It’s not unusual for parents and especially mothers to sacrifice their own future success for the sake of their offspring. Now a new study in Current Biology on February 8 shows that killer whale mothers take this to a surprising extreme. They sacrifice their own reproductive success to care for their sons, even after those sons are full-fledged adults.
“We’ve known for over a decade that adult male killer whales relied on their mothers to keep them alive, but it had never been clear whether mothers pay a cost to do so,” said Michael N. Weiss (@CetaceanMike) of the University of Exeter, UK, and the Center for Whale Research in the US.
Now it is. Weiss and his colleagues studied a group of killer whales known as the “southern resident” population in the coastal waters of Washington state and British Columbia, which has been monitored since 1976 by the Center for Whale Research. They wanted to learn whether the care adult whales, and especially males, receive from their mothers came at a measurable cost. The availability of detailed demographic data allowed them to look directly at how caring for sons and daughters impacted females’ chances of further reproduction.
“The southern resident killer whale community presents an incredible opportunity to investigate these kinds of questions,” Weiss said. “Along with their bizarre social system, where both males and females stay with their mom for life, they are also one of the best studied wild populations of mammal anywhere in the world.”
Their analysis of the existing data found a strong negative correlation between females’ number of surviving weaned sons and their annual probability of producing a viable calf. Those costs didn’t get any smaller as their sons grew older, either.
The costs couldn’t be explained by lactation or group composition effects, which they say supports the hypothesis that caring for sons into adulthood is reproductively costly. They say that the findings offer the first direct evidence for lifetime maternal investment in any animal, revealing a previously unrecognized life history strategy.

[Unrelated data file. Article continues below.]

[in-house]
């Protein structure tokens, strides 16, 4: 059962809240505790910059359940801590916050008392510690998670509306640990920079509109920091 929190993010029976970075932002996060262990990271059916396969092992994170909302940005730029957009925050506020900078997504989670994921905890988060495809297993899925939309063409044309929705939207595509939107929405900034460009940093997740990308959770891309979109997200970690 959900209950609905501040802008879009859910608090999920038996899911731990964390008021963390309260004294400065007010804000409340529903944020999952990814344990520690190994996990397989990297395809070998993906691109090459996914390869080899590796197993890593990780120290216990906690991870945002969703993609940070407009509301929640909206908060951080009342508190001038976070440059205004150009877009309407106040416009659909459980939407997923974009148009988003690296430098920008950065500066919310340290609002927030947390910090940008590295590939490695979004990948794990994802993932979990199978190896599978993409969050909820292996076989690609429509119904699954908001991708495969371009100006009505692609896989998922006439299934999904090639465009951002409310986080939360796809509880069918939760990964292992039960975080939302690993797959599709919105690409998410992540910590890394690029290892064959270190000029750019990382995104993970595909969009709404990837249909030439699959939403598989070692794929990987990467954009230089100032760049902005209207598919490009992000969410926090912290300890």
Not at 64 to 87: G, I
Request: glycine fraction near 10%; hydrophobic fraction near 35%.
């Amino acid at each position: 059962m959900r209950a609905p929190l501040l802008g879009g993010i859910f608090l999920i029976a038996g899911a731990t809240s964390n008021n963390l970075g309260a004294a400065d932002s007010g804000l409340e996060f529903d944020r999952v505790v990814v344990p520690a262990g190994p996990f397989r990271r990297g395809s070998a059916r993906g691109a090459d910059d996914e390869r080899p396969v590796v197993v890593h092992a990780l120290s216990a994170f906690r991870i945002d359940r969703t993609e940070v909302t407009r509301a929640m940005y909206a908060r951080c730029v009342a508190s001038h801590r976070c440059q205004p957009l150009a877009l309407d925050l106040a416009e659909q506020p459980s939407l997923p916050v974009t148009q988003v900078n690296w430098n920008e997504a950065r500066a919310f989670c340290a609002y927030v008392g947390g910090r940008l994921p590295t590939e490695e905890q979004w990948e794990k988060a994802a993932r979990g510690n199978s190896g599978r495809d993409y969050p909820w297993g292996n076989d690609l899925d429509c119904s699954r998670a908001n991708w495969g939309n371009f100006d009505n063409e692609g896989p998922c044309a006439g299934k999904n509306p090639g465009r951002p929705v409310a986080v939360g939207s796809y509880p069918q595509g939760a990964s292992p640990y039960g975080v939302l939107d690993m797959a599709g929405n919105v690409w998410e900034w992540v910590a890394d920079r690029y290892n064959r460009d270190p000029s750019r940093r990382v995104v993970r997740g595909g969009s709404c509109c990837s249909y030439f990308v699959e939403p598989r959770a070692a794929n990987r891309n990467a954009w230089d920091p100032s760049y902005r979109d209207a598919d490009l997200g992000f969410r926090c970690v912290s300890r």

“The magnitude of the cost that females take on to care for their weaned sons was really surprising,” Weiss said. “While there’s some uncertainty, our best estimate is that each additional surviving son cuts a female’s chances of having a new calf in a given year by more than 50 percent. This is a huge cost to taking care of [adult] sons!”
The findings suggest that there are significant benefits to keeping adult sons alive and well, he added.
“Females gain evolutionary benefits when their sons are able to successfully reproduce, and our results indicate that these benefits are enough to outweigh a large direct cost,” Weiss explained.
The findings also may have important conservation implications, the researchers say. The southern residents are critically endangered, with one major concern being their low reproductive rates. The new findings reveal a major and previously unrecognized determining factor in a female’s reproductive success, which may help to inform future population viability analyses.
“One big take-away is further evidence for how special (and maybe unique) the mother-son bond in killer whales is,” Weiss said. “Maybe more importantly, our study adds to the growing body of work showing the importance of animals’ social systems in determining demographic patterns. This is of central importance both for an understanding of our world, and to effectively conserve endangered species.”
In future work, they hope to learn more about the nature of the costs to mother whales. They suspect mothers may not eat enough themselves as they continue sharing food with their full-grown sons. He noted that the southern resident killer whales are “very food-stressed.” As such, a primary conservation goal for the whales is to recover the population of Chinook salmon they rely on.